Tract #11: Why Risk Being an Atheist
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Why Risk Being an Atheist?
If God exists and you believe in Him, you will be eternally rewarded, but if you do not believe, you will be eternally punished. If there is no God, you are neither punished nor rewarded, no matter what you believe. So if believing in God might reap eternal reward and risks nothing, why not believe in God?
This argument is a form of Pascal’s Wager, and it is still used today, some four-hundred years after its creation. But does it justify belief in God? Let’s take a look.
An important element of the argument is that you lose nothing if you choose to believe in God and it turns out that God does not exist. But is this the case? Certainly, to be a follower of God worthy of Heaven, there must at least be some requirements of prayer, behavior, and belief. Each of these has a potential cost in time, social standing, and intellectual integrity.
Also, this argument assumes that you have a choice between theism and atheism. But in reality there are a great many religions to choose from, and many of them are mutually exclusive. Following the argument’s reasoning, shouldn’t you choose the religion that is the least inclusive? For example, if Catholics believe you can go to Heaven by living a good life but Protestants believe that only Protestants go to Heaven, should you choose Protestantism because then you win if either Catholicism or Protestantism is true?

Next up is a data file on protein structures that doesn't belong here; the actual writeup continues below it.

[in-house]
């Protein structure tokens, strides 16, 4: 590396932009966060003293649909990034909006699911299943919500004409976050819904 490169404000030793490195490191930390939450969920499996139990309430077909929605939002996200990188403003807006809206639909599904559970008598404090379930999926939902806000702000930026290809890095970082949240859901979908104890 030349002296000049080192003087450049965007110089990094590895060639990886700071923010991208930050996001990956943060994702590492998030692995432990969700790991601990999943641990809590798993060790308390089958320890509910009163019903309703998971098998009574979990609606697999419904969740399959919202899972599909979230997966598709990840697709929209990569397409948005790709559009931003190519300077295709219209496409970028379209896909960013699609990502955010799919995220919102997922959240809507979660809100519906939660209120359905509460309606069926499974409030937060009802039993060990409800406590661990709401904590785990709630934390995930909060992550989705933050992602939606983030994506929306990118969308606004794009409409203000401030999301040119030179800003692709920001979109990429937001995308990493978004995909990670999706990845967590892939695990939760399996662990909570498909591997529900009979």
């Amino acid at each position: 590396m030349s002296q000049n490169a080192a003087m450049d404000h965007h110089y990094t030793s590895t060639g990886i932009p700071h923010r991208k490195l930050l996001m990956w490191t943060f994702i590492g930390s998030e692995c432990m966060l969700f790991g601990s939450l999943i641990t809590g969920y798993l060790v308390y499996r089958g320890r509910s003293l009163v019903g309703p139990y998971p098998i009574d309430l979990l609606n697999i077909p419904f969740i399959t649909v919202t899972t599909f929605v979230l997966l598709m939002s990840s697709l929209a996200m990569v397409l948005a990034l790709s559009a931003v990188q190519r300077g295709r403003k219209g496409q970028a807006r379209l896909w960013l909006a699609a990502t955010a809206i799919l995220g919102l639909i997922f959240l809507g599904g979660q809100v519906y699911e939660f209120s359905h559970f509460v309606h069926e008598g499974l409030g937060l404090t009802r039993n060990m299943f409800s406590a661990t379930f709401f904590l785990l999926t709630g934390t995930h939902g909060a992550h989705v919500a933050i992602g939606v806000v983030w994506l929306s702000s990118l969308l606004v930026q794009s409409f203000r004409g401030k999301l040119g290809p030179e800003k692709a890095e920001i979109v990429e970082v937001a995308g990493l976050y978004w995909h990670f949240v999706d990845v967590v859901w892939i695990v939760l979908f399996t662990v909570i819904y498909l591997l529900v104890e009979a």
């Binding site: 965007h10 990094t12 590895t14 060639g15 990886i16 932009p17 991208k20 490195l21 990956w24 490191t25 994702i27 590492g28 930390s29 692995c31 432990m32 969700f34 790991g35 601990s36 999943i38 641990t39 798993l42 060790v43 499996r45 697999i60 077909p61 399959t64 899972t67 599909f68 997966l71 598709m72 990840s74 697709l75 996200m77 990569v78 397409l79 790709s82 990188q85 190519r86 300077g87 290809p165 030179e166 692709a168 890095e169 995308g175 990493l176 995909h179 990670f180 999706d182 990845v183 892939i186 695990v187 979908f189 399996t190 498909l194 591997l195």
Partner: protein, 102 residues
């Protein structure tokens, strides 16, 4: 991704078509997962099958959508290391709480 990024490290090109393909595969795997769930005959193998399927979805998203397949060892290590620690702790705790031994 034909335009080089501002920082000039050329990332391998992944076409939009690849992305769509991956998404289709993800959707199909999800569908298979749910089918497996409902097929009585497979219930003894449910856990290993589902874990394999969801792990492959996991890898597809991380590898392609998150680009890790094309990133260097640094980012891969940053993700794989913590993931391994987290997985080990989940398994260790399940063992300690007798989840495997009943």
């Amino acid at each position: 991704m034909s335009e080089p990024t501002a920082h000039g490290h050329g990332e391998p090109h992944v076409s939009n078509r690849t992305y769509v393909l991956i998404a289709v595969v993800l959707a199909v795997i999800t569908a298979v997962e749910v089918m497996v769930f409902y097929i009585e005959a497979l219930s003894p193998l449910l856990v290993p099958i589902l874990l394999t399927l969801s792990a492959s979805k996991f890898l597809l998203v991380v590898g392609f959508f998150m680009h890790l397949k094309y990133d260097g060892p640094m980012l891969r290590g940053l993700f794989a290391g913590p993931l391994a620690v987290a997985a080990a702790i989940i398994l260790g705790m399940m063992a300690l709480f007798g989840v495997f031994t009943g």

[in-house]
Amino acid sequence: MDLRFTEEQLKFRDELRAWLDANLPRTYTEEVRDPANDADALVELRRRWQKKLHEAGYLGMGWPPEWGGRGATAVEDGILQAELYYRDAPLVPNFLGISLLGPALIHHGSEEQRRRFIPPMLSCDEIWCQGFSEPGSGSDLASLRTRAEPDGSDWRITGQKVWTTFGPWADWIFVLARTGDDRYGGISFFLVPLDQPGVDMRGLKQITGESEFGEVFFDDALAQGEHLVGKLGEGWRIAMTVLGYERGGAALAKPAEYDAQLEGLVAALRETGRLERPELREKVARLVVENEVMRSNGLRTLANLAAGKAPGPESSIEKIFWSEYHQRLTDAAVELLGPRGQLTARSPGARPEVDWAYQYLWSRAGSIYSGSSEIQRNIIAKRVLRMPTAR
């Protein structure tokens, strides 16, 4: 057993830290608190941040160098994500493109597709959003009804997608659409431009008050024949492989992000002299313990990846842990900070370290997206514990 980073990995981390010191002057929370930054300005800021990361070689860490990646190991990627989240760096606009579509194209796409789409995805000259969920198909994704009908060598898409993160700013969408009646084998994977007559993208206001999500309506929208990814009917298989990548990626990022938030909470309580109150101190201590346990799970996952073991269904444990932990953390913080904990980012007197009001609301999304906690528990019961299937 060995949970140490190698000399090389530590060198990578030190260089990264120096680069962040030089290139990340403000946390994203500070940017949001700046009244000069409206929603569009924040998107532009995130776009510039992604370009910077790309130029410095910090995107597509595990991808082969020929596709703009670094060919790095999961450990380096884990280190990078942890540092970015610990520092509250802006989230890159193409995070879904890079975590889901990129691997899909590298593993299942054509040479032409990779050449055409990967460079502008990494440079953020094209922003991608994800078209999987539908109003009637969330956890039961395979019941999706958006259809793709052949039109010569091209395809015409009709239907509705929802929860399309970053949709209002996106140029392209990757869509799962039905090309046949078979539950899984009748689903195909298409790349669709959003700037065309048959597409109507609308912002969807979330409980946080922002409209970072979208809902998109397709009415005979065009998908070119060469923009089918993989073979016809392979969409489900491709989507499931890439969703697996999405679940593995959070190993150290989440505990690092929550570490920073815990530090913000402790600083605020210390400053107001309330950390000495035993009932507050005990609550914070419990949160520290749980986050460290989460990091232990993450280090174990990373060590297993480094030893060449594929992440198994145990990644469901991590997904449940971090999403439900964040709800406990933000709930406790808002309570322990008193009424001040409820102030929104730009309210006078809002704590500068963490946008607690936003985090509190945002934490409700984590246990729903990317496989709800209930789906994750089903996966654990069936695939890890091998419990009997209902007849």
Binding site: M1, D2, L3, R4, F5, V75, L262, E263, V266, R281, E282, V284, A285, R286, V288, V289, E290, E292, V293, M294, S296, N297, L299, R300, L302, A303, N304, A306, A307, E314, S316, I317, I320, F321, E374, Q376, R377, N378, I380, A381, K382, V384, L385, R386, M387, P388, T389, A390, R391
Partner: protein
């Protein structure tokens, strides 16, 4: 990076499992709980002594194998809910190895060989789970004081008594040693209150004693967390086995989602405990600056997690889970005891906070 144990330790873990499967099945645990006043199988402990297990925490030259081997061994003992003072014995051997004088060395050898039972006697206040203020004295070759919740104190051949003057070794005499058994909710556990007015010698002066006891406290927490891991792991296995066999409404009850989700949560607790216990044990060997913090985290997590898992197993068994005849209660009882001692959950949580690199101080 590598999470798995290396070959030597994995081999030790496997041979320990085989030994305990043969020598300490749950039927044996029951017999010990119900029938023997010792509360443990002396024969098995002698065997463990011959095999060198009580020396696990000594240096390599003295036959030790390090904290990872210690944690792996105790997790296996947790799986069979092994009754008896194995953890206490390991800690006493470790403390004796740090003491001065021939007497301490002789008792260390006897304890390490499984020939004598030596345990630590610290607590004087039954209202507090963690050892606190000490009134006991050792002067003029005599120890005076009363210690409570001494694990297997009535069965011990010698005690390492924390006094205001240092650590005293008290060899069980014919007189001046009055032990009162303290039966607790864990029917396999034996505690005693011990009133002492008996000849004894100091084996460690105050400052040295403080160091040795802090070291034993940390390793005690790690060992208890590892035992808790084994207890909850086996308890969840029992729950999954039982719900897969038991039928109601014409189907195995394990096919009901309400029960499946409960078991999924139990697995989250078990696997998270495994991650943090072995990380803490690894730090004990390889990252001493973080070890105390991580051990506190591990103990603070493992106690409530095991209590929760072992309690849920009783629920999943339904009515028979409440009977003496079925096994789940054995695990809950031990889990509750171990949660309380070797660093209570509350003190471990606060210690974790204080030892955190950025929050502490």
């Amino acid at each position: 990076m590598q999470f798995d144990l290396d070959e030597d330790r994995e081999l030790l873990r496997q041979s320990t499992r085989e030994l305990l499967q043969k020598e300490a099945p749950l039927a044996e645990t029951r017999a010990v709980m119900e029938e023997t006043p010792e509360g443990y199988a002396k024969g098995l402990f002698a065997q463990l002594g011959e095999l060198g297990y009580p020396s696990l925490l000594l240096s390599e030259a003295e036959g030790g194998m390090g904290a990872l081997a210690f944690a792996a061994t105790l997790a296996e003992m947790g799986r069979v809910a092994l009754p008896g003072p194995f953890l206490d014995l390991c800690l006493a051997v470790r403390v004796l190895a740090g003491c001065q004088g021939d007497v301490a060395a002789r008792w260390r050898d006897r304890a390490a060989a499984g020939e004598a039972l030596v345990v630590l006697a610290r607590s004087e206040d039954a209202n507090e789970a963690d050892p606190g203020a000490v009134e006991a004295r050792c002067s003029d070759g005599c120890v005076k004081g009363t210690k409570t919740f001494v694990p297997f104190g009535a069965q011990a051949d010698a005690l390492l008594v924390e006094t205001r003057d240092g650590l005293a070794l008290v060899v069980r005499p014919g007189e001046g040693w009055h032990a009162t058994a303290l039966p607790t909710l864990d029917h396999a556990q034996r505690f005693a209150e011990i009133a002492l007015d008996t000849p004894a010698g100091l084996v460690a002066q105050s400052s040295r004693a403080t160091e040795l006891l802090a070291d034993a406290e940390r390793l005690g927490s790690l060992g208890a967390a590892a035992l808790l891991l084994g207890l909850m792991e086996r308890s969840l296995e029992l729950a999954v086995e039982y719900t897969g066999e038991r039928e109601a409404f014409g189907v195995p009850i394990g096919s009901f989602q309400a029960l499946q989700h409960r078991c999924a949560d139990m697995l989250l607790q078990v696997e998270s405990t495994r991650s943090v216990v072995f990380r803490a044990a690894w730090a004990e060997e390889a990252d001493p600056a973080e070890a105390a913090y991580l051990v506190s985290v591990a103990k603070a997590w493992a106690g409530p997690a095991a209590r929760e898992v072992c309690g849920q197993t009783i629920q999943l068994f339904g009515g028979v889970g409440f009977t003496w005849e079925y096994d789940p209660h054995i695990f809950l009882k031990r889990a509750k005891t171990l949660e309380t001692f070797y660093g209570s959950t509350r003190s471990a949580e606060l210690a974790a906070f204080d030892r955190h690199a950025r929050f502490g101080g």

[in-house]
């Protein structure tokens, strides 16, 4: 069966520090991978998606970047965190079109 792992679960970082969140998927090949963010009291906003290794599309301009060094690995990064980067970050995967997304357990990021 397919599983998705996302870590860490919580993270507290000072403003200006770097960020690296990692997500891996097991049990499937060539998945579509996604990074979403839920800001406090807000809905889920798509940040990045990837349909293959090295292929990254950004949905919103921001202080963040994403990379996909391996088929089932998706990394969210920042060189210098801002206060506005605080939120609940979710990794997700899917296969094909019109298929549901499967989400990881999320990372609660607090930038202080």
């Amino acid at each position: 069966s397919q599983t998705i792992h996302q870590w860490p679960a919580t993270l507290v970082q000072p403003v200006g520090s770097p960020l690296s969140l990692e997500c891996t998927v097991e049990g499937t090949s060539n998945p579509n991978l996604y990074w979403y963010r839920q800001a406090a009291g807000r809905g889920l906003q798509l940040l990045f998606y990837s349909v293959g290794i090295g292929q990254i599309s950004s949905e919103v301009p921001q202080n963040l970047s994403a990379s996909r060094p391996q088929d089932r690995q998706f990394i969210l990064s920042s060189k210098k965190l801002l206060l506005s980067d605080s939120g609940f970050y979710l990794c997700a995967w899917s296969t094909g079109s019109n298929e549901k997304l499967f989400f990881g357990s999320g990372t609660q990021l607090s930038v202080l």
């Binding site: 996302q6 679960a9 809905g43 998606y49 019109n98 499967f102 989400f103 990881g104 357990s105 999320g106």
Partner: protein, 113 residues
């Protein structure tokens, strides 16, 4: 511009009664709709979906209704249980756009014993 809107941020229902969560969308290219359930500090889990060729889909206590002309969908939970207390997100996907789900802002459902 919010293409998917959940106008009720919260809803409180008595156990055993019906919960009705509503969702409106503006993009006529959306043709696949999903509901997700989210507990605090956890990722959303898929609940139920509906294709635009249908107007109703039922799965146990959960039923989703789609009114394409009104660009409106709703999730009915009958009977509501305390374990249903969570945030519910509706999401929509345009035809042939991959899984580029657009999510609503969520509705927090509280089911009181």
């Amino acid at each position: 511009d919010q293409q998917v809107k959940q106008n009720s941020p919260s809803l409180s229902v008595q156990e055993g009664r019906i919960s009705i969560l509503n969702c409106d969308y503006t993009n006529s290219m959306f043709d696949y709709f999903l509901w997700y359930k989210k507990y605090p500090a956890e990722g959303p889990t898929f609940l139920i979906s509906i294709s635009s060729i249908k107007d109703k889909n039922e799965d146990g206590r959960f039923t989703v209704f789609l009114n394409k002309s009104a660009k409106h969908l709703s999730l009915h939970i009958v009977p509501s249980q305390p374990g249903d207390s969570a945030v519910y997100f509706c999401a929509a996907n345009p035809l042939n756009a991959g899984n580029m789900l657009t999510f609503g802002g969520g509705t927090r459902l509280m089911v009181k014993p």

And should amount of reward enter into the equation? Should you choose a religion that offers your own planet or a huge harem in the afterlife over one that just offers eternal life?
The argument also seems to place high value on the benefits of belief. For example, would you buy a lottery ticket, put it in a safety deposit box, never check to see if it won, and then be comforted by the knowledge that after you die your children may find it and be millionaires?
Pascal’s wager assumes that God doesn’t care whether belief is sincere or not, so long as you believe. But what if God values someone who intelligently (but incorrectly) chooses atheism over someone who chooses theism purely, selfishly, because it offers the best possibility of reward?
Finally, this argument does not work at all if we cannot choose what we believe. Surely just going through the motions of religion shouldn’t be enough to earn one a ticket to Heaven (since God would know you were not being sincere), so you can’t just choose religion, you have to choose to completely believe that religion.
Can you do that? Can you honestly choose what you believe? Or do you have to be convinced that something is true before you will believe it? If you don’t have to be convinced, perhaps you should ask yourself what else there is that you believe simply because you desire to instead of because there is adequate reason to believe. You may be living in a fantasy world and not even realize it. Certainly there is risk in doing that.